Tammy Huckabee said she'd always felt there were supposed to be more children in her family. She and her husband tried to adopt more than a decade before, but the Mexico adoption of twin boys fell through.
After their daughter Alyssa was born several years later, they still felt their family had room to grow.
They contacted an adoption agency in 2006 and were recommended to look to the Ukraine to adopt because children there were more likely to share their physical features.
Nearly two years later, the Huckabees were in the Ukraine, looking through photos of available children.
The little girl with the big eyes was 2-year-old Yana. She and her two older brothers, Igor and Illya, were waiting for a family at Ukrainian orphanages. They are now 3, 5 and 9 years old.
The Huckabees couldn't resist.
Six weeks later, the children were in America with a new family and new names: Kailyn, Jacob and Jared Elijah.
They've learned English and love to romp around their Santa Teresa home with one another.
"It's like they were always with us," Tammy Huckabee said.
The couple said it's important that parents do their research before beginning the process.
Priscilla Aguilar checked everything out before she began the process that would bring her Ilker, a young Russian boy.
Ilker, 3, became her son last October.
"I just wanted to be a mom. I'm 32 and I'm not in a couple and I didn't think I had to wait to have a son," she said.
She opted to adopt from Russia because there were fewer restrictions placed on adoptions to single women.
She was placed on a waiting list for an infant in September 2007. Early the next year she changed her age limit to two years old and received a call two weeks later that a boy was waiting for her.
She was sent a photo of Ilker.
"The second I saw him I said he's mine," Aguilar said.
She underwent home studies and finished the required paperwork and visited Russia a total of three times before the adoption took place in October.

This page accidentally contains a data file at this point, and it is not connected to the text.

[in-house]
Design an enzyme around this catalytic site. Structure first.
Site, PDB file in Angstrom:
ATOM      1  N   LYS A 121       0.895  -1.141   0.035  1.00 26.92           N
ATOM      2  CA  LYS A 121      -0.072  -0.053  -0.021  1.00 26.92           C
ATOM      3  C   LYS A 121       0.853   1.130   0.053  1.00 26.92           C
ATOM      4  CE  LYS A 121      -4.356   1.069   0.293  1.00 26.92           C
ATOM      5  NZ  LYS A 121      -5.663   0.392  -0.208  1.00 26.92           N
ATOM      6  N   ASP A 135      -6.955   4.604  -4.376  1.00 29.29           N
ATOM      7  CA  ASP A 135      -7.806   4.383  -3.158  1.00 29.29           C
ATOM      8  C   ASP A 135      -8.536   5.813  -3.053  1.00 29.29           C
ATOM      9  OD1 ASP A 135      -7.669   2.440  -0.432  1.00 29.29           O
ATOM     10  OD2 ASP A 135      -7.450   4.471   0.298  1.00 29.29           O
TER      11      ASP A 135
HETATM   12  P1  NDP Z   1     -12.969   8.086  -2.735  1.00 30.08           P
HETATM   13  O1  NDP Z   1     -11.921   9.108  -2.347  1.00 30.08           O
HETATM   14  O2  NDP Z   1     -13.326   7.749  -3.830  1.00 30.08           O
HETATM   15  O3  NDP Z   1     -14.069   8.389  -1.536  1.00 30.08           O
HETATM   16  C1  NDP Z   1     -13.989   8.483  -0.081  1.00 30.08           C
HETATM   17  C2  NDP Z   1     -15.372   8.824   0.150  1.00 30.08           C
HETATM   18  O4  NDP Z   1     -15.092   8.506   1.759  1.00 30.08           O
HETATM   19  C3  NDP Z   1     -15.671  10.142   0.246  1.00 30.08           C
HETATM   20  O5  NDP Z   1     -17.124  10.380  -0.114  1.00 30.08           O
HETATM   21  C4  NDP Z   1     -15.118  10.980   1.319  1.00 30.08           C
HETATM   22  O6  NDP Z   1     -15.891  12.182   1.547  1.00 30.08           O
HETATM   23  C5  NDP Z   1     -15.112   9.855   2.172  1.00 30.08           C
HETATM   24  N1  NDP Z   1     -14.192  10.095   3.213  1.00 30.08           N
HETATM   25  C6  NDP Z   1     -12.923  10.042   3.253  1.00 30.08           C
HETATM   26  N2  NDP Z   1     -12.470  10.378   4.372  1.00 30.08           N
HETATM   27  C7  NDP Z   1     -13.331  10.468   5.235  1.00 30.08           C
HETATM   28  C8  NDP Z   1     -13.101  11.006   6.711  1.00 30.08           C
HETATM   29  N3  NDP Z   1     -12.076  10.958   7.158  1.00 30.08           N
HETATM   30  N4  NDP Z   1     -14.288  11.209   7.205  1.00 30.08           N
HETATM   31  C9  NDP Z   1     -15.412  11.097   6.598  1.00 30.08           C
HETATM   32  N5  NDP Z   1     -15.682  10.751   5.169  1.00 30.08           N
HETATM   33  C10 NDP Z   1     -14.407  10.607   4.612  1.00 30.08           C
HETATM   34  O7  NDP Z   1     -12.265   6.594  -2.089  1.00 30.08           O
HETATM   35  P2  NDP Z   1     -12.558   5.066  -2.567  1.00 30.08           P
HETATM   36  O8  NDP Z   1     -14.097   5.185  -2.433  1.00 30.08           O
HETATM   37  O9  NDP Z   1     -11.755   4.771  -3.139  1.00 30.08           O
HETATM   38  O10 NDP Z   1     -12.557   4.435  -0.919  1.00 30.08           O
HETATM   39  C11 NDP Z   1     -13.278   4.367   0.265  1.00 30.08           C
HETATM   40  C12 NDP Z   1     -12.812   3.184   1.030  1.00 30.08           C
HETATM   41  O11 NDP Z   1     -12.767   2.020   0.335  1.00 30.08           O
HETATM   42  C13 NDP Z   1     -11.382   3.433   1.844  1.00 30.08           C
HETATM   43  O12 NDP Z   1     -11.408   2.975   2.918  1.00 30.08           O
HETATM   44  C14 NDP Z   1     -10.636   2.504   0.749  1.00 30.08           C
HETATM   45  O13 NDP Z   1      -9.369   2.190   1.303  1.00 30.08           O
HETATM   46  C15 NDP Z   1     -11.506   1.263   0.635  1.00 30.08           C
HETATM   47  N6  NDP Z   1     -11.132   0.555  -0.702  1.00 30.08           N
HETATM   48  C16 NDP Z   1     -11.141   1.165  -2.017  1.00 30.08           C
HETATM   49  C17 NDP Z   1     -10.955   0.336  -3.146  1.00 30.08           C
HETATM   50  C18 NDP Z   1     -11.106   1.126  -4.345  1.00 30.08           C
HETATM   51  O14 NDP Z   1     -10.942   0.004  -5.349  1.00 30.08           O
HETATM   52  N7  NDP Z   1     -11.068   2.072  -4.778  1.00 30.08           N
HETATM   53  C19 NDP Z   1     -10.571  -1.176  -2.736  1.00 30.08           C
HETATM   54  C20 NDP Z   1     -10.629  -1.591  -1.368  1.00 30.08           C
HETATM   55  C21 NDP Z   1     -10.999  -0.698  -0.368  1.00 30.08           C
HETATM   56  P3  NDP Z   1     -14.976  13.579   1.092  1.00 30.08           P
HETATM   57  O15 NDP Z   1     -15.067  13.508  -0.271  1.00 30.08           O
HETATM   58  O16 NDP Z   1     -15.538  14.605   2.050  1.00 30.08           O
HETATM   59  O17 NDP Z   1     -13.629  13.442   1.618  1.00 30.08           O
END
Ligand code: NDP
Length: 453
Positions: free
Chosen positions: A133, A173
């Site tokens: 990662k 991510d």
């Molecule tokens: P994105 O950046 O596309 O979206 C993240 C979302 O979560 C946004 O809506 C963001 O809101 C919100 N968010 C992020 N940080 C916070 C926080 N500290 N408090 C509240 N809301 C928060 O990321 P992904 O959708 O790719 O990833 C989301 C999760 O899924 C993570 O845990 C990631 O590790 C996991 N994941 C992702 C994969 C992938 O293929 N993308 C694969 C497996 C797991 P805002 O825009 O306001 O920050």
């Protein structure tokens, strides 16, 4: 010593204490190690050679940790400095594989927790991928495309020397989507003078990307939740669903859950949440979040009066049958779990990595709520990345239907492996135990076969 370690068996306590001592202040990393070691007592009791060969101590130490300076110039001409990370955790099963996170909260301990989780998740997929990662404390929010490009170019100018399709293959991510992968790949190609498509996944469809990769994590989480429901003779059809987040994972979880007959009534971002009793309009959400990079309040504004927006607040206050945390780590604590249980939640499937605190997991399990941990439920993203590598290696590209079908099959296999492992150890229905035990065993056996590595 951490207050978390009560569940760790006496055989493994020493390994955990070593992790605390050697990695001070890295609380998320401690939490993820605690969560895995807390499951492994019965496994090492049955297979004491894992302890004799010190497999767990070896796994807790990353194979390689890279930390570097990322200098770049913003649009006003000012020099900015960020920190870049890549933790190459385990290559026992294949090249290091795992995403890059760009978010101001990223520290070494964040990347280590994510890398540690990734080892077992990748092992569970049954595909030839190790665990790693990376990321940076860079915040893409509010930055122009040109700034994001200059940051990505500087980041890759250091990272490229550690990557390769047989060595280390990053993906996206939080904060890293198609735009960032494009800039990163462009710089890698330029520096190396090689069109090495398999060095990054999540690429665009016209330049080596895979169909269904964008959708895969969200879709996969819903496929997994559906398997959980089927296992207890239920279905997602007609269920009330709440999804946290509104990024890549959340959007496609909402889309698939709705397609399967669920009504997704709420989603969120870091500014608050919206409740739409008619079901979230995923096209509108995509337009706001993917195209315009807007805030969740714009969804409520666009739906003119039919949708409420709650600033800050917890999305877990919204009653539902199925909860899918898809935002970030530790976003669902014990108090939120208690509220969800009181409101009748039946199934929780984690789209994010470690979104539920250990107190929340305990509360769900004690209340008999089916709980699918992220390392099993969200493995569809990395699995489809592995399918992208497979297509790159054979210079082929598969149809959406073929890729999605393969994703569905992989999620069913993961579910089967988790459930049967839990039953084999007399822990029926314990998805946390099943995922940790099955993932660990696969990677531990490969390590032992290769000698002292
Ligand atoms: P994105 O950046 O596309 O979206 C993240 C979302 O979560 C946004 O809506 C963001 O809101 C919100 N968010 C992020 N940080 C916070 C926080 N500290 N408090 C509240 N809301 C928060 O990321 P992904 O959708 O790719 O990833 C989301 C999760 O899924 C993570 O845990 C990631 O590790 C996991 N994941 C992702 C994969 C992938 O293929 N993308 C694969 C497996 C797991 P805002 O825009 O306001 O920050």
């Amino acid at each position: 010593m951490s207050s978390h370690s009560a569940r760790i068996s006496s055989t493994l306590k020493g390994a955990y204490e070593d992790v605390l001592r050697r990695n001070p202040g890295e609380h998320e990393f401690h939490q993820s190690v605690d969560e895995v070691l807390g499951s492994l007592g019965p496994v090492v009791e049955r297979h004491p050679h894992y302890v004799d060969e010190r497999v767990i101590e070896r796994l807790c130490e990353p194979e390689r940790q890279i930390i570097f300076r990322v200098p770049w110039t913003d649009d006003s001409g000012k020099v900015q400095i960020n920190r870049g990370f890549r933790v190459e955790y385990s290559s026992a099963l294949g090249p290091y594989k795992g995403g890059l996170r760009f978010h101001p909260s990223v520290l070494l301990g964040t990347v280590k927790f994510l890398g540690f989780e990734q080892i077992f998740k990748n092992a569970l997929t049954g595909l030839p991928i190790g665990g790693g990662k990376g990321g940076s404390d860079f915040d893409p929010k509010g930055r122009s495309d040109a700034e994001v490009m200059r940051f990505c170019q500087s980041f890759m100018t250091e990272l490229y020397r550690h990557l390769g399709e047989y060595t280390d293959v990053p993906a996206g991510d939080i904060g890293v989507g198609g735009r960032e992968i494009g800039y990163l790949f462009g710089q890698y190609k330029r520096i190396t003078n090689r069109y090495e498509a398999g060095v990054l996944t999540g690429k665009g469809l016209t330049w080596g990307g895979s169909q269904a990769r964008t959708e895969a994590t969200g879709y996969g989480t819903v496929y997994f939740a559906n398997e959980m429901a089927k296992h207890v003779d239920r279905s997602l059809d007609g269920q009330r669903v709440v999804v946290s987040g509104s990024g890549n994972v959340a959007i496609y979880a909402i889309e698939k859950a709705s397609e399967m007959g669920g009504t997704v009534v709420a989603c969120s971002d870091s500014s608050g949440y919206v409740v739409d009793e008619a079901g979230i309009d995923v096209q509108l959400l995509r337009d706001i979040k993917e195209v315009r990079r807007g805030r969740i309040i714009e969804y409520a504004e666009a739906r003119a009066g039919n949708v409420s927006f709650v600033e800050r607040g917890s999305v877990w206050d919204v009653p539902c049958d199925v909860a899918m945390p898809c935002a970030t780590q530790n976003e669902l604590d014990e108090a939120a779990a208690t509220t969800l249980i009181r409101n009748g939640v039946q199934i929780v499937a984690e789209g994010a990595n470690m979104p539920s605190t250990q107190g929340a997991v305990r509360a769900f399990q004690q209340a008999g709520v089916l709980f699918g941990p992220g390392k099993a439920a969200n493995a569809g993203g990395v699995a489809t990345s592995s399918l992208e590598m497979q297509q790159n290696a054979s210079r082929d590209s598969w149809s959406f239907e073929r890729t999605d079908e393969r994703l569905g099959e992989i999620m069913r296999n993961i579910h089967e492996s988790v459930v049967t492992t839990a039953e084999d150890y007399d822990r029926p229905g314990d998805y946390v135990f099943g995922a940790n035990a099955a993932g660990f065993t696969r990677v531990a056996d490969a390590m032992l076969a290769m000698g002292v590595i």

"They try to designate a child that goes with your personality, so I guess I described myself as pretty active," the lawyer said as Ilker buzzed around the room and clamored for her attention.
She said she saved to pay for the adoption costs, but the entire process was worth it.
"Being a mother is better than I ever thought," she said.
She recommended that prospective parents be patient through the process and reach out to others who have been there.
"Economics really does play a role in adoption"
I know so many people want to believe adoption is all about finding families for so-called orphans. But the truth is, with adoptions costing between 20-45k EACH, (plus travel and added "hidden costs), and roughly 3000 adoption agencies competing to make the sale, how can anyone doubt economics does NOT play a role in adoption?
The more I learn about the economics behind adoption, (especially international adoption), the more I realize it's not the cost of adoption that's too high... it's the formal attention given to specific details within the child placement system that is far too low. Details like child trafficking, corruption, abuse/neglect taking place while in-care... all these not-so-little things DO affect a child's safety and future well-being... all these factors DO affect future child behavior and development (and placement).
With so many "facilitators" working to make adoptions happen, (quicker and easier), in spite of a tough economy, one needs to take the time to wonder how this rush to place is going to help families and children.